Tiaras, combs, hairpins, and bandeaus or ornamental headbands were popular in the Georgian era. While a diadem is a headband worn across the forehead, aigrette is a hair ornament designed to hold various hairstyles. Both of these styles were often seen during this time.
Cameo pendant by OKO Gallery. See it here.
Glyptography is the art of gemstone carving, and cameo was the technique used in the Georgian era. Jewelers used agate, onyx, quartz, jasper, coral, malachite, corundum, and shell to depict a scene or portrait on jewelry. The revival of cameo jewelry accompanied a period of classical art. Some pieces of cameo jewelry featured various subjects from Roman and Greek mythology to Renaissance art and classical sculpture.
Chatelaine jewelry by Queen and Cavendish. See it here.
A chatelaine is a type of a decorative belt hook that holds various tools or accessories such as scissors, keys, watches, writing instruments, seals, corkscrews, and even thimbles. Chatelaines were made of steel and served as a purse in the Georgian era.
“En Tremblant” Ornaments
An en tremblant brooch by Carolines Moon Garden. See it here.
The French term “en tremblant” translates as “to tremble.” Some Georgian jewelry pieces were attached to a spring to create movement when worn. Brooches and hair clips commonly have this en tremblant design for them to catch the light and shine beautifully.
Georgian mourning ring by Antique Animal Jewelry. See it here.
In the Georgian era, jewelry was used to preserve memories of a loved one. This included brooches with hair, memorial rings with engravings or a portrait or lockets, to name a few.
Parure set of jewelry by Decatur Coin Jewelry. See it here.
This refers to a full set of matching jewelry designed to be worn together such as earrings, necklace, bracelet, ring, and brooch. On the other hand, “demi-parure” is a less elaborate set of jewelry with two or more pieces. Some sets featured convertible jewelry pieces, for where two bracelets can be worn as a necklace, or even a brooch that can double as a necklace pendant. Parure gave us a glimpse how elaborate and extravagant Georgian era was.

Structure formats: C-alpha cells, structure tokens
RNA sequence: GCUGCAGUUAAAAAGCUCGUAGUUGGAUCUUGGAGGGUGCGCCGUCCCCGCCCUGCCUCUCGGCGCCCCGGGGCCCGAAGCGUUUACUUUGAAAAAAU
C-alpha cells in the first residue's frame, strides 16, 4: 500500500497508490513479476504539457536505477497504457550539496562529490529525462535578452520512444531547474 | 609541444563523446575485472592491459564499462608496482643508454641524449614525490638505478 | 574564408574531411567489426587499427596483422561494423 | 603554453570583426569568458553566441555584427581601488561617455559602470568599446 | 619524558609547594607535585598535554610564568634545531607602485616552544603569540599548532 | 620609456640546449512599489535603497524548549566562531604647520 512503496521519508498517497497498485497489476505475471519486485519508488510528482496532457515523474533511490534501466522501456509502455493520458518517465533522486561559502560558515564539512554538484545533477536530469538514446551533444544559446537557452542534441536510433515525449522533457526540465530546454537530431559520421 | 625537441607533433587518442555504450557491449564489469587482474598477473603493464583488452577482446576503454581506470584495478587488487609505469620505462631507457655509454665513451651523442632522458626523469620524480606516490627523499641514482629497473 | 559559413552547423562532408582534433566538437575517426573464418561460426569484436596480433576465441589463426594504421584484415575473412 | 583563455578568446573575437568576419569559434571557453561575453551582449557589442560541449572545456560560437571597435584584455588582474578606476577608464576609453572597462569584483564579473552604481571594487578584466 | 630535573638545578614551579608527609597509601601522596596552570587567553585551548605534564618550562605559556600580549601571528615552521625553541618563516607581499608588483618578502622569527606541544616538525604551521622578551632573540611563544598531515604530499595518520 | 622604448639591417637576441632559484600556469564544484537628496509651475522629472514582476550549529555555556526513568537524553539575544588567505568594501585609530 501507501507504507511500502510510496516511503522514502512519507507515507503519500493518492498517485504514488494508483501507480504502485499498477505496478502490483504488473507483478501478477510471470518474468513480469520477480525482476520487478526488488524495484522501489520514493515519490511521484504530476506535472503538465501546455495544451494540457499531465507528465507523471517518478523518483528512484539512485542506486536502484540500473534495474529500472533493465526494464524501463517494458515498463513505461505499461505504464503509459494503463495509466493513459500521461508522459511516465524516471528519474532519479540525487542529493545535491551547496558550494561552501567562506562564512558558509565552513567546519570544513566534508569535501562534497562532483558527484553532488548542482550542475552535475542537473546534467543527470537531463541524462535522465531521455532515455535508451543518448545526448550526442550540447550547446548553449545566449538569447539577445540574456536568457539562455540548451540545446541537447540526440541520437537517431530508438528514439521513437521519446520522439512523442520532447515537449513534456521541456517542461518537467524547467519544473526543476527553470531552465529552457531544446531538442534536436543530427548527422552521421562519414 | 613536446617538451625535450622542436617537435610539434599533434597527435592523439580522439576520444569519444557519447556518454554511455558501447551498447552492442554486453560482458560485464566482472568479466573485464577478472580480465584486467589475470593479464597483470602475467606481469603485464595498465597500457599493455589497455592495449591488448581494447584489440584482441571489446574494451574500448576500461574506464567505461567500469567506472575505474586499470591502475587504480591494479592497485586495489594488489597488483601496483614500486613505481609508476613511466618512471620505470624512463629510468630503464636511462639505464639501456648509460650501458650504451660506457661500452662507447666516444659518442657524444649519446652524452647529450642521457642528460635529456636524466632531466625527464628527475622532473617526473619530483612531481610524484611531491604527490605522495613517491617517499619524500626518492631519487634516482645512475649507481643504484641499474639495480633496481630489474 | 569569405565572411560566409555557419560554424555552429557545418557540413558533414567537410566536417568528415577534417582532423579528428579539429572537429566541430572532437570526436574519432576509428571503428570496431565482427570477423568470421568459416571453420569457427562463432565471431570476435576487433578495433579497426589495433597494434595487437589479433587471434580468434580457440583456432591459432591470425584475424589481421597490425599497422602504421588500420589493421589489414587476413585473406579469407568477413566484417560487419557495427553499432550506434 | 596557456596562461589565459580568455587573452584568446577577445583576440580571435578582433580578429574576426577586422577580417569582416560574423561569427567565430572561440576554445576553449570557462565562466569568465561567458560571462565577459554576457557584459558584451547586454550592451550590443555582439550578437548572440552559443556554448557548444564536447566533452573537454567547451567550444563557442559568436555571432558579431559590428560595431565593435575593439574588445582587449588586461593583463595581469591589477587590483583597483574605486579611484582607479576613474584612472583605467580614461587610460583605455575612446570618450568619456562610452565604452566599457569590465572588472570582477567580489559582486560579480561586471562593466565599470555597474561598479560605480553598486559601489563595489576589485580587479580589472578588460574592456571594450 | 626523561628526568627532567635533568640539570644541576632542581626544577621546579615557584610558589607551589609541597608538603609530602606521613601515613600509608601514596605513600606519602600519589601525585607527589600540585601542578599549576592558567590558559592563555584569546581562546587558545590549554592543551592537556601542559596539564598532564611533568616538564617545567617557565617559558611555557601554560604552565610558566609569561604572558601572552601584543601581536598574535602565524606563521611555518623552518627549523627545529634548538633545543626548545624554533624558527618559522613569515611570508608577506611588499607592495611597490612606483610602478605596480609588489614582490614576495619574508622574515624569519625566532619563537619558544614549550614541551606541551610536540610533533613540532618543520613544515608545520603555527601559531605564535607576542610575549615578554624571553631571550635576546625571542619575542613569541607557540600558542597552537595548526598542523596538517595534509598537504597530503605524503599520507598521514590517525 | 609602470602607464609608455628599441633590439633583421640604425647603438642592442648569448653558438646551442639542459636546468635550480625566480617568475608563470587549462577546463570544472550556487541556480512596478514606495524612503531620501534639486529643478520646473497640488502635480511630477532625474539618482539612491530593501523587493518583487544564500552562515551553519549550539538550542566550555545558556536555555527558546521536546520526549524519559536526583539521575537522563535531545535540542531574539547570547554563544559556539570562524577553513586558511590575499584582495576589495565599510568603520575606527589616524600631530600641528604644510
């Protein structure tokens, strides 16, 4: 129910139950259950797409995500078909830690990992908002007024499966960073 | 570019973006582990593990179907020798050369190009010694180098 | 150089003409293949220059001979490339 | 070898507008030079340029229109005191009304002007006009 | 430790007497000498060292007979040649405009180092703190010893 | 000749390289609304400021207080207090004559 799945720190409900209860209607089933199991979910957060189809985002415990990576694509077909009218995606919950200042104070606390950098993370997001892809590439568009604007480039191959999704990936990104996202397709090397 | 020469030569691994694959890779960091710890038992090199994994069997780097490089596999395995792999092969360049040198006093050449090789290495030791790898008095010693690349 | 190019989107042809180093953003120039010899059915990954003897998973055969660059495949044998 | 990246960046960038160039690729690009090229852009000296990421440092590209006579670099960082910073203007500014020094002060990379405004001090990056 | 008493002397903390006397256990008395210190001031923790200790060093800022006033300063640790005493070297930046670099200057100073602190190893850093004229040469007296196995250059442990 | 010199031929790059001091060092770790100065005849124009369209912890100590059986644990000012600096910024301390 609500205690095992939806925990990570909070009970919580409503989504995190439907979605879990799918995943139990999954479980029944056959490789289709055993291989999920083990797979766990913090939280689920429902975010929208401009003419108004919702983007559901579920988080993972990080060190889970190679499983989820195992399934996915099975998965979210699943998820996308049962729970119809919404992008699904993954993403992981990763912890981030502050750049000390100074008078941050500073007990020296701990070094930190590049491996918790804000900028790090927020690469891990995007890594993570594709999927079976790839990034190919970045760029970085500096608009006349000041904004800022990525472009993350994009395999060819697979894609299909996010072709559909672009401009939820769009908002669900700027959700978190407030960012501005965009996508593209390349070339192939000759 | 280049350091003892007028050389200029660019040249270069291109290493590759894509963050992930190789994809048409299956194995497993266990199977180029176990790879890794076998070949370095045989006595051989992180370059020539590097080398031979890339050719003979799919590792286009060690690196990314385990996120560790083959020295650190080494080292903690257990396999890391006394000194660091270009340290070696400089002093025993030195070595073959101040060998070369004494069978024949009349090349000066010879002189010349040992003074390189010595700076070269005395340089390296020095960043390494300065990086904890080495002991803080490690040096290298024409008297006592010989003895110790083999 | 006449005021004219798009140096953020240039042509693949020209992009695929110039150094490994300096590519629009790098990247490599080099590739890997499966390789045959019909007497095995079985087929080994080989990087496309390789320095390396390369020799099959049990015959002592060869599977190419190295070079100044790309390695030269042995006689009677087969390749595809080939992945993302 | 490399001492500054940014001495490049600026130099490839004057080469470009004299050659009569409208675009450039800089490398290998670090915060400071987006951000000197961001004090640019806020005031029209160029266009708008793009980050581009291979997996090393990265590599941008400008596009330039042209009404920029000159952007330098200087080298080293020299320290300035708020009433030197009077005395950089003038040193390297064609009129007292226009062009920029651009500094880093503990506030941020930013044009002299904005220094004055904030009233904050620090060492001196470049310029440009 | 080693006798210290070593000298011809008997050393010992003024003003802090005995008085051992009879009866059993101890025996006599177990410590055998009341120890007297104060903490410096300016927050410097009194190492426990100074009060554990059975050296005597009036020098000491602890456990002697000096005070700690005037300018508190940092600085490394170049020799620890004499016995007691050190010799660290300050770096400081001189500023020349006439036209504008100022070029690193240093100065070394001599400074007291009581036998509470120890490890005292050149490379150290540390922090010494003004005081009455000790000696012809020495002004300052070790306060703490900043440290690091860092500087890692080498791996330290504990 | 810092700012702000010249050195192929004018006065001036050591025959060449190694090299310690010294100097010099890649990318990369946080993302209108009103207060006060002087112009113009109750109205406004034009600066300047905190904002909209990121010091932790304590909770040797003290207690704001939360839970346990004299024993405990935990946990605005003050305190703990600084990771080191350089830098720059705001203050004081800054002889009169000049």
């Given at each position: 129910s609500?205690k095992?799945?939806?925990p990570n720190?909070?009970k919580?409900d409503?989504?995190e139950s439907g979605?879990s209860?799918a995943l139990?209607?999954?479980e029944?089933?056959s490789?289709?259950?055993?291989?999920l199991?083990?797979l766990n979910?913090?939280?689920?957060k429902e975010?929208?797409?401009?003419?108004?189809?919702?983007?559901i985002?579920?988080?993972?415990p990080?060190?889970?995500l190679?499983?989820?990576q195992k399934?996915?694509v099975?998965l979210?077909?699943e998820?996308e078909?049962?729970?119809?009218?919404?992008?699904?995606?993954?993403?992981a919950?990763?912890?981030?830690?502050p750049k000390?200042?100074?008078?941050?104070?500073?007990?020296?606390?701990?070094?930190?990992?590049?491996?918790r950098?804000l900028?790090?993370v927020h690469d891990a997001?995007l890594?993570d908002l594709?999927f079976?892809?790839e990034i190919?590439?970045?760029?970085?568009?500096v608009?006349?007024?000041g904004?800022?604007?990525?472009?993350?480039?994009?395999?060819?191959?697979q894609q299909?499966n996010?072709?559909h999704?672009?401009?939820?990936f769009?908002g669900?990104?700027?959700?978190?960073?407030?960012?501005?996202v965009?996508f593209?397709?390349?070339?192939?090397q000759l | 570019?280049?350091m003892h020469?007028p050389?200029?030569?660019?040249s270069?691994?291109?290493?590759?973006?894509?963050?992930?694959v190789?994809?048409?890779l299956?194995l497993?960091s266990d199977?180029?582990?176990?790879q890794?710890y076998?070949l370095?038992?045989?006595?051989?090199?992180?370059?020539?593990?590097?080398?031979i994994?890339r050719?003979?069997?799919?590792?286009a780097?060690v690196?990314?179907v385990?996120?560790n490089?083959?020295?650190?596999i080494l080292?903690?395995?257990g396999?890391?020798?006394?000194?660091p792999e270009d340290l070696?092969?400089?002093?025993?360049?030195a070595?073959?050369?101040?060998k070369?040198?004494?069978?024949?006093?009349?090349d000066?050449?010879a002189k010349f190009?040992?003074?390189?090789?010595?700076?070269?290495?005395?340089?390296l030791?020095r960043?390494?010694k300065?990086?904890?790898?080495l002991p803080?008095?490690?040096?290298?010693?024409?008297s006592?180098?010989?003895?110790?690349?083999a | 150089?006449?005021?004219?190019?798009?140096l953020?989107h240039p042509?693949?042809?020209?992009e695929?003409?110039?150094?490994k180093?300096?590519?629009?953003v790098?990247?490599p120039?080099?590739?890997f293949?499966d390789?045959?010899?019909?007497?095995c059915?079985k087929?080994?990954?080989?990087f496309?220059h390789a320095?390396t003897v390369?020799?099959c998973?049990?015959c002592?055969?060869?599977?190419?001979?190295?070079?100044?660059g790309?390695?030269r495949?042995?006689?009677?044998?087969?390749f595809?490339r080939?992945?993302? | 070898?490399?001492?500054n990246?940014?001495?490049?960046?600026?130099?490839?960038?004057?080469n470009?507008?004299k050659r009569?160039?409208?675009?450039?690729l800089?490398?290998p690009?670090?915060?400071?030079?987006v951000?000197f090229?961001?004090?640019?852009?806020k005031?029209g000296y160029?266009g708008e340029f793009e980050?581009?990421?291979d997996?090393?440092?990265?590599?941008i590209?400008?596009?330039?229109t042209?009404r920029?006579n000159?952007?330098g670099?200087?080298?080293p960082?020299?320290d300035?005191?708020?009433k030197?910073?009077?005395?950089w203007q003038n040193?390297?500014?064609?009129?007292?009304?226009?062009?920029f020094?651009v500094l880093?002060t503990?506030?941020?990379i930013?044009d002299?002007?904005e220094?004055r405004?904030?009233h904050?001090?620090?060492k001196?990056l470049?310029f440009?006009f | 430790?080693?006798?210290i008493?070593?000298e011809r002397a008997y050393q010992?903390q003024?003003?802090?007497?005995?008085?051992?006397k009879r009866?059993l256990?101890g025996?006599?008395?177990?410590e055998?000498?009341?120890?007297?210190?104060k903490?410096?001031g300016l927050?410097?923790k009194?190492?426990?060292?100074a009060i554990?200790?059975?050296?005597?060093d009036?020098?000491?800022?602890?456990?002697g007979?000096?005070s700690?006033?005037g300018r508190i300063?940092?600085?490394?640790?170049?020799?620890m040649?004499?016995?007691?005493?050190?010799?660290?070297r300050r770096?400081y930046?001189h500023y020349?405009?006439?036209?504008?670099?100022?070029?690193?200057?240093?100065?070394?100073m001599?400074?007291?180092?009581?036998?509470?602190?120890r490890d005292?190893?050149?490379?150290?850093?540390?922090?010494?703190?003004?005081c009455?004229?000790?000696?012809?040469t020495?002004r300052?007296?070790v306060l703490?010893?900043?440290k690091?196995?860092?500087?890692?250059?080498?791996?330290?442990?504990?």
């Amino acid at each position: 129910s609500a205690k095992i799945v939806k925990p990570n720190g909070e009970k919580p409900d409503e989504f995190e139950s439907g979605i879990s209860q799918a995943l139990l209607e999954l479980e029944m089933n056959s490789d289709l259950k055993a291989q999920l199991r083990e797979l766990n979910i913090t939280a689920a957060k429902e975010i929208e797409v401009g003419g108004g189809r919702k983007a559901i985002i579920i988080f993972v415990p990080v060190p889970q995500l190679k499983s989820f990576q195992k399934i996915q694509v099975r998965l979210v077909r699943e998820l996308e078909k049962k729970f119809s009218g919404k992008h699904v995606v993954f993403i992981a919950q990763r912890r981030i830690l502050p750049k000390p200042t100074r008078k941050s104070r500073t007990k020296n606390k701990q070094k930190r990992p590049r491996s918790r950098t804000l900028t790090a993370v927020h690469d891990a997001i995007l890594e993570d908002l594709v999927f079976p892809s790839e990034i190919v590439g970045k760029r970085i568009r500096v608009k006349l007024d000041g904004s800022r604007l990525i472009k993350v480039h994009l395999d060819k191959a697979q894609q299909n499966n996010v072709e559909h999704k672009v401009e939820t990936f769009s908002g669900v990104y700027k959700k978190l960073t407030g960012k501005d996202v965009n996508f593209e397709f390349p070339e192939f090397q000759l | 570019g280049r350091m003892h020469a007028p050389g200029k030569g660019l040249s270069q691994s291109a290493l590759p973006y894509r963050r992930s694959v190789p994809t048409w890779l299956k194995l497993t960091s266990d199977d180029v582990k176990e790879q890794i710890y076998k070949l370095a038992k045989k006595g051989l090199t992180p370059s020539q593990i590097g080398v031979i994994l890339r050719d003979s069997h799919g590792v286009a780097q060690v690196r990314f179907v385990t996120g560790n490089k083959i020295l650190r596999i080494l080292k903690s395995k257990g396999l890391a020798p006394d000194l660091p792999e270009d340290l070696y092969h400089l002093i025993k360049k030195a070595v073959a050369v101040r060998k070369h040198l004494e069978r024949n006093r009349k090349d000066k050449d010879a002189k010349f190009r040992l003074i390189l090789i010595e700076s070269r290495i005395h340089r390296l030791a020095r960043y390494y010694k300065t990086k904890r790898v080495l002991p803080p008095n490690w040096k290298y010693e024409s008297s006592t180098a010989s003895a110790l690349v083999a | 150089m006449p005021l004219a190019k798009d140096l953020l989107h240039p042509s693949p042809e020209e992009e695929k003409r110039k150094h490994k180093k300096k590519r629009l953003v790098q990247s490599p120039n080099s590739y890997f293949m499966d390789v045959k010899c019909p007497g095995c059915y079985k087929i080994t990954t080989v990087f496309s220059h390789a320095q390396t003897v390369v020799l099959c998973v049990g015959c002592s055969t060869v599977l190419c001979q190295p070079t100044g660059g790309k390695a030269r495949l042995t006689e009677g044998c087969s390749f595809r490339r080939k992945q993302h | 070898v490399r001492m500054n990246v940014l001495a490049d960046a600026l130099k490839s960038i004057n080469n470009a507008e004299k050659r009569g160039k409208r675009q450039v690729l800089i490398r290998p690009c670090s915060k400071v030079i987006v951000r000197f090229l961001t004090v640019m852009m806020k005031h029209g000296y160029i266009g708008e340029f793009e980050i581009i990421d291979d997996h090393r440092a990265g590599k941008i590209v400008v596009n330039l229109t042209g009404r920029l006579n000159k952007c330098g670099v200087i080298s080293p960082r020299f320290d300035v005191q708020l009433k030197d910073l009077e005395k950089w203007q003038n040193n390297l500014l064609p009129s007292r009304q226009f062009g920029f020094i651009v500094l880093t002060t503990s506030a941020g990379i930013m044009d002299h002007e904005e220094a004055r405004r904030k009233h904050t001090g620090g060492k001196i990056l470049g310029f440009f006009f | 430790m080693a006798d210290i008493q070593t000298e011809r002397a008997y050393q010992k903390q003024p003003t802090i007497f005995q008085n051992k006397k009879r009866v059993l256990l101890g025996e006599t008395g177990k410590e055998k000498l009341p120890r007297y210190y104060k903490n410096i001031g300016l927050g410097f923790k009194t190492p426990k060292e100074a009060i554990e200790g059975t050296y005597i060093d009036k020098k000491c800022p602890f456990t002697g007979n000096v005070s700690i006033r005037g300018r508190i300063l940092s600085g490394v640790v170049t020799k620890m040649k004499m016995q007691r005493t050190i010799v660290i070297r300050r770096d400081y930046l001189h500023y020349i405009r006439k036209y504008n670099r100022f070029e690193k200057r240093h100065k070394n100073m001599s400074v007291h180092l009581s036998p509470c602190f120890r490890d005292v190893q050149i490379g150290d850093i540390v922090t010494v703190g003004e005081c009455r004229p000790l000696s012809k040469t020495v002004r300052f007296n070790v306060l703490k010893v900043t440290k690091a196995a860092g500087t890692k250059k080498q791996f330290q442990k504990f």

Georgian Jewelry Today
Vintage inspired modern ring. See it here.
If you love antiques, Georgian jewelry can be a great addition to your collection—after all, each piece was expertly crafted, making it a handmade work of art. However, these 18th century jewelry pieces are rare outside museums, and can be very difficult to find.
Finding Georgian inspired modern jewelry is another option, spanning the modern and the old via jewelry.
What are the Characteristics of Georgian Jewelry?
Georgian jewelry was all crafted by hand.
Unlike the Victorian era where the jewelry industry benefited from the Industrial Revolution, jewelry makers in the Georgian era had to rely on handcrafting techniques. The quality of craftsmanship of an antique piece is often a good indicator of its age—a piece of Georgian jewelry would typically have some slight irregularities, lack in symmetry and cruder stone cuts. In fact, lumpy diamonds were common—they were faceted around their original shapes as a way of avoiding waste on rough diamonds.
Many colorful gemstones were used.
Diamond, sapphire, black onyx, ruby, topaz, emerald, garnet, pearls, and coral were common in Georgian jewelry, but jewelers introduced glass paste as a less expensive alternative for real gemstones. Metal content stamping or hallmarking had not been practiced yet, so it is more difficult to identify the exact composition of metals in Georgian jewelry.